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A photo from a sunnier day. You can see Mariahilf at the top, with the roof of the pilgrimage stairs reaching down to town.

Mariahilf was completed in 1627 and for centuries has served as a popular place of pilgrimage.

To get to the sanctuary, you must climb the “heavenly ladder” of 321 steps.

 

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At the bottom, the staircase is plain and unadorned.

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As you get higher, you start to see elaborate shrines and mementos left by previous pilgrims. There are statues, photographs, candles, and personal notes left behind in every available nook and cranny.

As we climbed the stairs we saw only one other person. Other than the rain tapping on the roof, the climb was quiet. Many tourists who come to Passau only visit the much larger Dom St. Stephen, leaving Mariahilf feeling serene in comparison.

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When you open the door at the top of the stairs you are right outside of the sanctuary.

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The sanctuary itself is fairly small.

Above the altar you can see the painting Miraculous Image Maria Hilf for which the church gets its name. It was painted in 1537 by Lucas Cranach the Elder, and became one of the most copied depictions of Mary throughout the region.

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We took a minute to light a candle.

The rain had let up, so we went to walk around the grounds.

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There’s a walkway around some meadows behind the church.

It turned out to just be a brief break in the rain because then it really started pouring. There is a great overlook spot next to the church where you can see all of Passau and Veste Oberhaus, but we skipped that in favor of the shelter of the stairs.

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Candles light our way back down

 

Fire and Water

Passau is an old city, with local history dating back to the second century BC. A monastery was founded here in the late 5th century, and, for many years, the diocese of Passau was the largest diocese in the Holy Roman Empire.

In 1662, a fire swept through Passau, destroying the city. It was rebuilt in the Baroque style, full of narrow, meandering cobblestone lanes.

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Some people call it the “northernomst Italian city.”

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Sometimes the most direct route takes you through an unexpected tunnel or flight of stairs.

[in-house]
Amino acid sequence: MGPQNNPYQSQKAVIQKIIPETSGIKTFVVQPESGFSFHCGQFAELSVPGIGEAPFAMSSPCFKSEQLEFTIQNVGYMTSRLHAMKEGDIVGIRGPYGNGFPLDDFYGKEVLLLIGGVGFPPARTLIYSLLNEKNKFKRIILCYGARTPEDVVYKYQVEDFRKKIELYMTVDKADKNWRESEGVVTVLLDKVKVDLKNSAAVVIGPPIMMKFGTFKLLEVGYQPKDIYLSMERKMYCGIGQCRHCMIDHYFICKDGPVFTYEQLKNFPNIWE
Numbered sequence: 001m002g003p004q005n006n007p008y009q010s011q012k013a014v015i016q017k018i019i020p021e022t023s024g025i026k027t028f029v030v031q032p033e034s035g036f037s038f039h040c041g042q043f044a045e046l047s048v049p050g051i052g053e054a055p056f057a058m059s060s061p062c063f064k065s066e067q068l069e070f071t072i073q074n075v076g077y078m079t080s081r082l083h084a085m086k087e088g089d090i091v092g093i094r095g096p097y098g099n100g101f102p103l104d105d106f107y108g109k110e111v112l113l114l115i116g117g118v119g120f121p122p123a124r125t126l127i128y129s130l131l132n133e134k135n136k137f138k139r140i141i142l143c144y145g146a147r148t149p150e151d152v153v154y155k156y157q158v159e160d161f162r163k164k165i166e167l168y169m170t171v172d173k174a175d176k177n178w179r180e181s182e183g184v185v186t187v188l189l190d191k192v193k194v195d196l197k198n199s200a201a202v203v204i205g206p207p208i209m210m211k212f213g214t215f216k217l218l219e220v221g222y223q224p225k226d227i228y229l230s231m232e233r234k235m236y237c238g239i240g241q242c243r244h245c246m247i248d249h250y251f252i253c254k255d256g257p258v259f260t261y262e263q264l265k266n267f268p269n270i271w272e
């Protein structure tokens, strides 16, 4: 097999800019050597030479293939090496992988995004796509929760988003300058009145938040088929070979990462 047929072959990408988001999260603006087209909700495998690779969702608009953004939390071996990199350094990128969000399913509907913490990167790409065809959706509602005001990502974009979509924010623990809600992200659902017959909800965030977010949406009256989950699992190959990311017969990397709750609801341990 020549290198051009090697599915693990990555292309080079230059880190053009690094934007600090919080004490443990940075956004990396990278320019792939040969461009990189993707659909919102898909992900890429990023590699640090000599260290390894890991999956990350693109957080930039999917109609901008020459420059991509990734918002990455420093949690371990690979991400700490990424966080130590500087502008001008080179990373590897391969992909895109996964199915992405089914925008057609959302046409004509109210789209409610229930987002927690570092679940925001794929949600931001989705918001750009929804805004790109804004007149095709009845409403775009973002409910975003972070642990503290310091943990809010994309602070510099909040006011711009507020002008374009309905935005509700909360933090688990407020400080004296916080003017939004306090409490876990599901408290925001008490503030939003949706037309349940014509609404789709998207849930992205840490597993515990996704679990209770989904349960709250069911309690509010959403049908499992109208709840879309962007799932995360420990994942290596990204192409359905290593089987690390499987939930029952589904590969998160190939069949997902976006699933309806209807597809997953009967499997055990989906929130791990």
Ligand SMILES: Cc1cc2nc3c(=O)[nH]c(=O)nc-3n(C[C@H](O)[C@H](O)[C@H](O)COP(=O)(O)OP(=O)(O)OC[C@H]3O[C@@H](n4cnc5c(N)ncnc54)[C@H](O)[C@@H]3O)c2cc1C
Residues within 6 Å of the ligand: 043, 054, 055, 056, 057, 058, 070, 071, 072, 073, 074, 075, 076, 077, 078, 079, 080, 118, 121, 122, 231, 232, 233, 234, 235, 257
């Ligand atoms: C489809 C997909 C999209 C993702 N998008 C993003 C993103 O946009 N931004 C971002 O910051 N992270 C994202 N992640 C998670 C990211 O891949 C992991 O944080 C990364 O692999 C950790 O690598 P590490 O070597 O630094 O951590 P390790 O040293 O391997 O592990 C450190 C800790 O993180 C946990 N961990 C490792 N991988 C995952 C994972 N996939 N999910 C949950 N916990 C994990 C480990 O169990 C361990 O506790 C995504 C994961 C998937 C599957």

The benefits of this are that there is almost no vehicle traffic, so it is very safe for walking wherever you want to go. It’s easy to get lost, though, in the labyrinth of streets. If you don’t know where you are, just head to a river to get your bearings.

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You’ll always know you’re on the Artists’ Walk by the rainbow painted cobblestones

Besides the fire in the 17th century, Passau has known it’s fair share of natural disasters.

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In Rathausplatz, beside the Danube, you can find this flood gauge. It shows the high water marks of many of the floods in Passau’s history. This highest was in 1501, shortly followed by 2013. (Hugo for scale)

It’s been raining on and off for our entire stay in Passau, with the rivers running high. They’re not threatening to overflow their banks, but the water moves swiftly, and it is visibly higher each day.

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If you have a sharp eye, you’ll start to notice flood marks on exterior walls. From bottom to top: 1862, 1786, 1899, 1787, and, high above, 2013.

I’ve started snapping a photo each time I see one.

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Bottom to top: 1786, 1899, 1787, 1954, 2013

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1862, 1954

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1954

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1899

I’ll keep looking for high water marks and hoping for sunshine as we enter our last week in Passau.

A Few Days in Berlin

My brother-in-law lives in Berlin with his family, so we headed north for a long weekend. It was Hugo’s first time to meet his cousins in person and to say he was thrilled to have another child to play with would be an understatement. He would disappear into his cousin’s room for hours at a time, the two of them playing with Lego or dinosaurs or Star Wars ships or whatever it is little boys do, while we adults happily sipped our coffee in peace. This is why people have more than one child, right? They play happily together all the time, right??

We did a little sightseeing, too.

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We wandered through the Brandenburg Gate

And in and out of the concrete monoliths of the Holocaust Memorial.

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There were a lot of other visitors on such a bright, sunny weekend

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It doesn’t take long before you are alone in the narrow canyons